New Year’s Day is closing in fast – so it must be annual round-up time! Here’s the research news on psychology of belief and non-belief that I found most interesting over the past year – the top 10 – and in reverse order, naturally.
Mining data from a 15-year old survey revealed that people who felt least able to keep on top of the infamous ‘Millenium Bug’ were also the most likely to believe a whole host of different conspiracy theories. This adds to the growing pile of evidence that people who don’t feel in control of their surroundings are more likely to ‘invent’ comforting rationalizations to try to make sense of the world.
A historical analysis of the past 1000 years of civilisation showed a massive decoupling of state and religion that began in the West in the 17th century and spread to the rest of the world in the 19th and 20th centuries. It also showed that the trend has reversed in recent decades, mainly in majority Muslim countries.
A cross-cultural survey found that superstitious beliefs are likely to be about ways to avoid harm, rather than to bring good fortune. It also revealed that fake news stories about hazards were more believable than ones about good news. All this provides more support for the idea that people develop supernatural beliefs as a way to try to make themselves feel safer.
Contrary to previous research, this new study found that adults don’t tend think of gods in a ‘minimally counter-intuitive’ way. Actually what seems to be happening is that people happily hold a range of irreconcilable beliefs about their gods, and that they don’t notice the incongruity simply because they don’t think about it too hard.
When under time pressure, both atheists and believers make fundamental logical errors about the the world around us. This is the best study to date showing that all of us have a tendency to see the world as being designed, but that atheists over-ride those natural instincts.
A detailed analysis of the wide variety of cultures spread across the Pacific Ocean found that, contrary to previous wisdom, belief in so-called ‘moralising high gods’ does not seem to be a necessary first step for the development of big, complex societies. It does seem, however, that popular belief in ancestral spirits is a necessary prelude to allow a narrow political elite to take power.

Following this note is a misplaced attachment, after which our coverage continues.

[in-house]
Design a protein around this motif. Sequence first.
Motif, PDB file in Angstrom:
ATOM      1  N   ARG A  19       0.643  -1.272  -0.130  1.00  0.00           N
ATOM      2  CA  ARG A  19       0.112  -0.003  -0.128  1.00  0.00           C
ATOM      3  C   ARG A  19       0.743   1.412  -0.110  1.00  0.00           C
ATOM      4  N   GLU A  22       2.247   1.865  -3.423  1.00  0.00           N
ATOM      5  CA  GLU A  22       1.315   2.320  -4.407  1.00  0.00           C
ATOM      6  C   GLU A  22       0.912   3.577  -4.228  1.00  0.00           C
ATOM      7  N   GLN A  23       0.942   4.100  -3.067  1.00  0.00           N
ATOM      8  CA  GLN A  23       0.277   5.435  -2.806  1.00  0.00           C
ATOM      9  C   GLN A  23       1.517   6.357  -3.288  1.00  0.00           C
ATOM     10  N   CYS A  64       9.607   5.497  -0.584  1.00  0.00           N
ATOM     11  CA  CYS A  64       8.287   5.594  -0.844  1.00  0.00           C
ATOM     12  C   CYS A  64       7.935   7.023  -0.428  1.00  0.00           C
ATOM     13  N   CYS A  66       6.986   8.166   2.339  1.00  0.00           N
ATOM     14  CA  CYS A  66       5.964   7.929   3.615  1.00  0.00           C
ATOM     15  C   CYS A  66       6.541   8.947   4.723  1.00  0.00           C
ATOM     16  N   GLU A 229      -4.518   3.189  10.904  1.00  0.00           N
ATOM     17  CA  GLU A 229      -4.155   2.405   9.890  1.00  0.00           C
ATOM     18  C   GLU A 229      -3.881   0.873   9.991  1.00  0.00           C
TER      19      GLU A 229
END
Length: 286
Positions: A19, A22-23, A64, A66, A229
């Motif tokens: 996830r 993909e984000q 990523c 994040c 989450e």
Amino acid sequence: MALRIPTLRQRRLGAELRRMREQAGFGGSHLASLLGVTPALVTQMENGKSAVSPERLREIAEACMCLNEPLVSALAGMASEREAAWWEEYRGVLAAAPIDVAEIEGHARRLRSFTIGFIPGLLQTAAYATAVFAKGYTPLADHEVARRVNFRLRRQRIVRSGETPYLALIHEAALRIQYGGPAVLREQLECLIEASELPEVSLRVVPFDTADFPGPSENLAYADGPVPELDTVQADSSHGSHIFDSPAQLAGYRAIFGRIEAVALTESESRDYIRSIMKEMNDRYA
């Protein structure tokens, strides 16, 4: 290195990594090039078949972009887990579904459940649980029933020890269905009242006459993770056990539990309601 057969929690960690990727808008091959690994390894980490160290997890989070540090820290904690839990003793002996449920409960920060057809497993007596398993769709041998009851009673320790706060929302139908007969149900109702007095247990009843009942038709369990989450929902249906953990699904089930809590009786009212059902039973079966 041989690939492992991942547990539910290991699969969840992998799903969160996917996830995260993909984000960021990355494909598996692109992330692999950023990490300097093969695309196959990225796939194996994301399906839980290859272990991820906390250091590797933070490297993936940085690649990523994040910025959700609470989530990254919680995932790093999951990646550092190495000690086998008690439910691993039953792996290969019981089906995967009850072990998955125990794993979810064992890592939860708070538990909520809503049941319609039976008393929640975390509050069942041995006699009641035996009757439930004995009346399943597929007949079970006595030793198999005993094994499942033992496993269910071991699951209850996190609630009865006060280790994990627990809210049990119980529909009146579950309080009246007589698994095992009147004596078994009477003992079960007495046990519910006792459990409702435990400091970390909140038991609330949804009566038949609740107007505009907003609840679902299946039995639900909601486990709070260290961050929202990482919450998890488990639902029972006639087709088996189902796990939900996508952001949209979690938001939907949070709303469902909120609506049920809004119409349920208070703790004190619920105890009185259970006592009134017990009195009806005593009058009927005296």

A new analysis of a massive survey of over 11 million school-age Americans found that they are increasingly saying that religion is simply unimportant in their lives. What’s more, as they leave the parental home they are dropping religion in large numbers – a strong indicator that there is a major change afoot in the USA.
A survey of nearly 1,000 self-identified atheists in the USA revealed that atheists who feel that they are the victims of discrimination were also the most likely to identify strongly as atheists. This suggests that atheist groups can form a valuable support network.
My analysis of the latest data from the Social Progress Index found that countries that scored most highly also tended to be the least religious. That’s not too surprising, given that people suffering poverty or repression tend to latch onto religion. But it’s always interesting to see it supported by cold, hard facts! And it was by a long stretch the most widely shared Epiphenom post from 2015.
The long read
If that whet your appetite, be sure to check out two editorial posts that covered a couple of topics in more detail, bringing together and summarizing in one place all the relevant research that’s been covered in Epiphenom over the years: The science is in, and God is not the answer (a rebuttal of an article in a popular Canadian magazine claiming that science supports the idea that religion makes for better people), and America is finally losing its religion – and that’s a good thing! (my contribution to a Patheos series on the implications of the monumental Pew Religion Survey).
Enjoy – and have a very Happy New Year!